Let's add one more hook file setCreatedUpdatedDates.java as follows −

import java.io.BufferedReader; 
import java.io.FileNotFoundException; 
import java.io.InputStream; 
import java.io.InputStreamReader; 
import java.io.StringReader; 
import java.util.ArrayList; 
import java.util.List; 
import java.util.concurrent.locks.ReentrantLock; 
import com.orientechnologies.orient.core.hook.ODocumentHookAbstract; 
import com.orientechnologies.orient.core.hook.ORecordHook; 
import com.orientechnologies.orient.core.hook.ORecordHookAbstract; 
import com.orientechnologies.orient.core.db.ODatabaseLifecycleListener; 
import com.orientechnologies.orient.core.db.ODatabase; 
import com.orientechnologies.orient.core.record.ORecord; 
import com.orientechnologies.orient.core.record.impl.ODocument; 
 
public class setCreatedUpdatedDates extends ODocumentHookAbstract implements ORecordHook { 
   public setCreatedUpdatedDates() { 
   
   }
   
   @Override 
   public DISTRIBUTED_EXECUTION_MODE getDistributedExecutionMode() { 
      return DISTRIBUTED_EXECUTION_MODE.BOTH; 
   } 
   public RESULT onRecordBeforeCreate( ODocument iDocument ) { 
      if ((iDocument.getClassName().charAt(0) == 't') || (iDocument.getClassName().charAt(0)=='r')) { 
         iDocument.field("CreatedDate", System.currentTimeMillis() / 1000l); 
         iDocument.field("UpdatedDate", System.currentTimeMillis() / 1000l); 
         return ORecordHook.RESULT.RECORD_CHANGED; 
      } else { 
         return ORecordHook.RESULT.RECORD_NOT_CHANGED; 
      } 
   } 
   
   public RESULT onRecordBeforeUpdate( ODocument iDocument ) { 
      if ((iDocument.getClassName().charAt(0) == 't') || (iDocument.getClassName().charAt(0)=='r')) { 
         iDocument.field("UpdatedDate", System.currentTimeMillis() / 1000l); 
         return ORecordHook.RESULT.RECORD_CHANGED; 
      } else { 
         return ORecordHook.RESULT.RECORD_NOT_CHANGED; 
      } 
   }  
}

What the above code does is look for any class that starts with the letters ‘r’ or ‘t’ and sets CreatedDate and UpdatedDate when the record gets created and sets just UpdatedDate every time the record gets updated.

Compile Java Hooks

Compile Java code by using the following command. Note: Keep the downloaded jar file and these Java files into the same folder.

$ jar cf hooks-1.0-SNAPSHOT.jar *.java

Move Compiled Code to Where OrientDB Server Can Find It

You need to copy the finished .jar file to the directory where your OrientDB server will look for them. This means the ‘./lib’ folder under your OrientDB Server root directory will look like this −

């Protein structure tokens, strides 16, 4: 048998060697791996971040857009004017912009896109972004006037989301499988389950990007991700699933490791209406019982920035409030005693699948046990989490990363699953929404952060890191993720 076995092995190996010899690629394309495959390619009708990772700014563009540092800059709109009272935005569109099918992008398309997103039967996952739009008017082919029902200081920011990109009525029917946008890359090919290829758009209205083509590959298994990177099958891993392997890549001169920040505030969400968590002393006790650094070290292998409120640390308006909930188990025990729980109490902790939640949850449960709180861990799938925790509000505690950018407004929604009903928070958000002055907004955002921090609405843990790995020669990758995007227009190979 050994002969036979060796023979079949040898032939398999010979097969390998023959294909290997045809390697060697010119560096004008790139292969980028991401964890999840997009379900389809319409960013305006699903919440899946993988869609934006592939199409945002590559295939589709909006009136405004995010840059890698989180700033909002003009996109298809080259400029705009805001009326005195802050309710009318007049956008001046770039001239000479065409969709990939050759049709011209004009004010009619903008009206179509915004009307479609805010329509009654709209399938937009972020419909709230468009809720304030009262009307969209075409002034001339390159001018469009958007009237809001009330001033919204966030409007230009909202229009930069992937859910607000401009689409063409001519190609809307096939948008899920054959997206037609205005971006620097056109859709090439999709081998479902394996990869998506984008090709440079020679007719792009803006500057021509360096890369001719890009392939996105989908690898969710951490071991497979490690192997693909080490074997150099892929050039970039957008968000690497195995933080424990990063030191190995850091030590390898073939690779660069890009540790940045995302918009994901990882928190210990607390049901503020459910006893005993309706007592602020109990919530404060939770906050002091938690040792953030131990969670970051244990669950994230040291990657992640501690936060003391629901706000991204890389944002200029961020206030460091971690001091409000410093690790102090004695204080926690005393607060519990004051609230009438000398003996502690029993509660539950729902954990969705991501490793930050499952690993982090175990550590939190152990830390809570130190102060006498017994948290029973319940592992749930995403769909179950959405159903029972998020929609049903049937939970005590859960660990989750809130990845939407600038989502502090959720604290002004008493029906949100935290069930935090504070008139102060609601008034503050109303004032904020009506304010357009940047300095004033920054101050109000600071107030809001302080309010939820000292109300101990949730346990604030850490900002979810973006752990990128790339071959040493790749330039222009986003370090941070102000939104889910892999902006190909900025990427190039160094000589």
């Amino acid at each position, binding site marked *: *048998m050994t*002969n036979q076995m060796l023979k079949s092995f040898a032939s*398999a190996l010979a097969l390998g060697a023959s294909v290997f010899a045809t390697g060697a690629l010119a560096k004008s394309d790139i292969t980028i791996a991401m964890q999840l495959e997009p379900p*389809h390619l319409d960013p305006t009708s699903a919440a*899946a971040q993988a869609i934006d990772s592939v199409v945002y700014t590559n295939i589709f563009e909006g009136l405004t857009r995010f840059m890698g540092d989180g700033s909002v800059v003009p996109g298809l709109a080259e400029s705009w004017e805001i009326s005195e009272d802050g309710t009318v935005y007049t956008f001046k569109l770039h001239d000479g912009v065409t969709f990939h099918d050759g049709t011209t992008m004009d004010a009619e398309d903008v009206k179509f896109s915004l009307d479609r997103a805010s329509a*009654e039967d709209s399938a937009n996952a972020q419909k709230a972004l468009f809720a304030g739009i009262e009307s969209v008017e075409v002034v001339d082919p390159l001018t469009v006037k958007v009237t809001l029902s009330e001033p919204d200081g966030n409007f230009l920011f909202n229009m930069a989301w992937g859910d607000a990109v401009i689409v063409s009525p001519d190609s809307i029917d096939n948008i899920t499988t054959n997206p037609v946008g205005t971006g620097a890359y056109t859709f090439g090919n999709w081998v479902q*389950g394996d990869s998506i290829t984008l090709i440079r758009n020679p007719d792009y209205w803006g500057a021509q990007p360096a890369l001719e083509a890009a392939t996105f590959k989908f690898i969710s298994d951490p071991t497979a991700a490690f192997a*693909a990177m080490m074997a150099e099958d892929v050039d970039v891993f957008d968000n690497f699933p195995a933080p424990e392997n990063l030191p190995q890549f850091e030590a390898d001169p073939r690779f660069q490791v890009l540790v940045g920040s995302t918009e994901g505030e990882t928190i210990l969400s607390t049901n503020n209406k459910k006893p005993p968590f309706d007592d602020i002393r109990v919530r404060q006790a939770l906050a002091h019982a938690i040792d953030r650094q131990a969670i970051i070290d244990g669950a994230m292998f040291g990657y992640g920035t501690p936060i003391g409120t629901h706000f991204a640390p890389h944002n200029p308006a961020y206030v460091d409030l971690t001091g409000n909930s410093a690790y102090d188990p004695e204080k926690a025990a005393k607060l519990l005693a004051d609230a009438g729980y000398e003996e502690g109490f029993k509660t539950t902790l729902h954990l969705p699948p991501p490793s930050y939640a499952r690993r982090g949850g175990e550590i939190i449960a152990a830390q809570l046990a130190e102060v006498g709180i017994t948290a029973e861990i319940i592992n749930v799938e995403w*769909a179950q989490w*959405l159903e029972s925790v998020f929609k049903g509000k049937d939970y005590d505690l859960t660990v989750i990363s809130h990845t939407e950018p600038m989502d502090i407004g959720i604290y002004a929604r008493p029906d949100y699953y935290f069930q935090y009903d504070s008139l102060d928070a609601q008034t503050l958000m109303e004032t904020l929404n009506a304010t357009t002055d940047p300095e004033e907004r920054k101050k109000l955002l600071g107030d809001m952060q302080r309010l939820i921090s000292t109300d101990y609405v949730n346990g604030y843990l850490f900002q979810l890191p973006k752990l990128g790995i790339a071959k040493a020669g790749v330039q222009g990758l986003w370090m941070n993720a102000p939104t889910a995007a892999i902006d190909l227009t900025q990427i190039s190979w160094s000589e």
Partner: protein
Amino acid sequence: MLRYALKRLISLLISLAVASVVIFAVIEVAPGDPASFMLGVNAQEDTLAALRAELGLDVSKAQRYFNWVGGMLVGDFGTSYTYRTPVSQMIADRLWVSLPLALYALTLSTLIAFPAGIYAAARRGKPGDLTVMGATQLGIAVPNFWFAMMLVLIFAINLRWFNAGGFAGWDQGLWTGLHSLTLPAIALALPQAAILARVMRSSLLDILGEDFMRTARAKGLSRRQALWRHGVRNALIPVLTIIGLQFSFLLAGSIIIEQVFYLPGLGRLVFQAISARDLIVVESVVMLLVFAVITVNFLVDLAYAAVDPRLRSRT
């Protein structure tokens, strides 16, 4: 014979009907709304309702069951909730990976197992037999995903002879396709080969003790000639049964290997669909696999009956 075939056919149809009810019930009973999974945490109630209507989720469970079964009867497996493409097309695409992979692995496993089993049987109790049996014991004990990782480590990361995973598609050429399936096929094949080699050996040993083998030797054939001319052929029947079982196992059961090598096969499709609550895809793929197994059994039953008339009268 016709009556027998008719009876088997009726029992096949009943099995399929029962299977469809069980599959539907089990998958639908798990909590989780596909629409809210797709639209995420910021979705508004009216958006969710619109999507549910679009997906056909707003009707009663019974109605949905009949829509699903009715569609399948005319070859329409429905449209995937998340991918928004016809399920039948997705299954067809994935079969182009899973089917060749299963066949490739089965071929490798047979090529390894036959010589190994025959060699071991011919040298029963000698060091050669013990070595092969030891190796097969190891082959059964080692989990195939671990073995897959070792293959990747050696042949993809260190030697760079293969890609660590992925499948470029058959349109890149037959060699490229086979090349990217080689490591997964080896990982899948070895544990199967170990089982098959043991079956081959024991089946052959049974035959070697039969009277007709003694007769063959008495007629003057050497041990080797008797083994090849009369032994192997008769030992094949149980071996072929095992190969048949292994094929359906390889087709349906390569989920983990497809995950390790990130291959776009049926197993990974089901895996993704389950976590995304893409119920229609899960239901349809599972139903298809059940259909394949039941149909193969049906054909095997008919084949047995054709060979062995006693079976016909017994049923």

$ cp hooks-1.0-SNAPSHOT.jar "$ORIENTDB_HOME/lib"

Enable Test Hook in the OrientDB Server Configuration File

Edit $ORIENTDB_HOME/config/orientdb-server-config.xml and add the following section near the end of the file.

   <hooks> 
      <hook class = "HookTest" position = "REGULAR"/> 
   </hooks> 
   ... 
</orient-server>

Restart OrientDB Server

Once you restart OrientDB Server, the hook you defined in orientdb-server-config.xml is now active. Launch an OrientDB console, connect it to your database, and run the following command −

INSERT INTO V SET ID = 1;

If this command is executed successfully, you will get the following output.

Ran create hook 

Now run the following command −

UPDATE V SET ID = 2 WHERE ID = 1; 

If this command is executed successfully, you will get the following output.

Ran update hook

Enable Real Hook in the OrientDB Server Configuration File

Edit $ORIENTDB_HOME/config/orientdb-server-config.xml and change the hooks section as follows −

   <hooks> 
      <hook class="setCreatedUpdatedDates" position="REGULAR"/> 
   </hooks> 
   ... 
</orient-server>

Restart OrientDB Server

Create a new class that starts with the letter ‘r’ or ‘t’ −

CREATE CLASS tTest EXTENDS V;

Now insert a record −

INSERT INTO tTest SET ID = 1 
SELECT FROM tTest 

If this command is executed successfully, you will get the following output.

----+-----+------+----+-----------+----------- 
#   |@RID |@CLASS|ID  |CreatedDate|UpdatedDate 
----+-----+------+----+-----------+----------- 
0   |#19:0|tTest |1   |1427597275 |1427597275 
----+-----+------+----+-----------+-----------

Even though you did not specify values to set for CreatedDate and UpdatedDate, OrientDB has set these fields automatically for you.

Next you need to update the record using the following command −

UPDATE tTest SET ID = 2 WHERE ID = 1; 
SELECT FROM tTest; 

If this command is executed successfully, you will get the following output.

----+-----+------+----+-----------+----------- 
#   |@RID |@CLASS|ID  |CreatedDate|UpdatedDate 
----+-----+------+----+-----------+----------- 
0   |#19:0|tTest |2   |1427597275 |1427597306 
----+-----+------+----+-----------+----------- 

You can see that OrientDB has changed the UpdatedDate but has let the CreatedDate remain unchanged.

OrientDB Java Hooks can be an extremely valuable tool to help automate work you would otherwise have to do in application code. As many DBAs are not always Java experts, hopefully the information contained in this tutorial will give you a head start and make you feel comfortable with the technology, empowering you to successfully create database triggers as the need arises.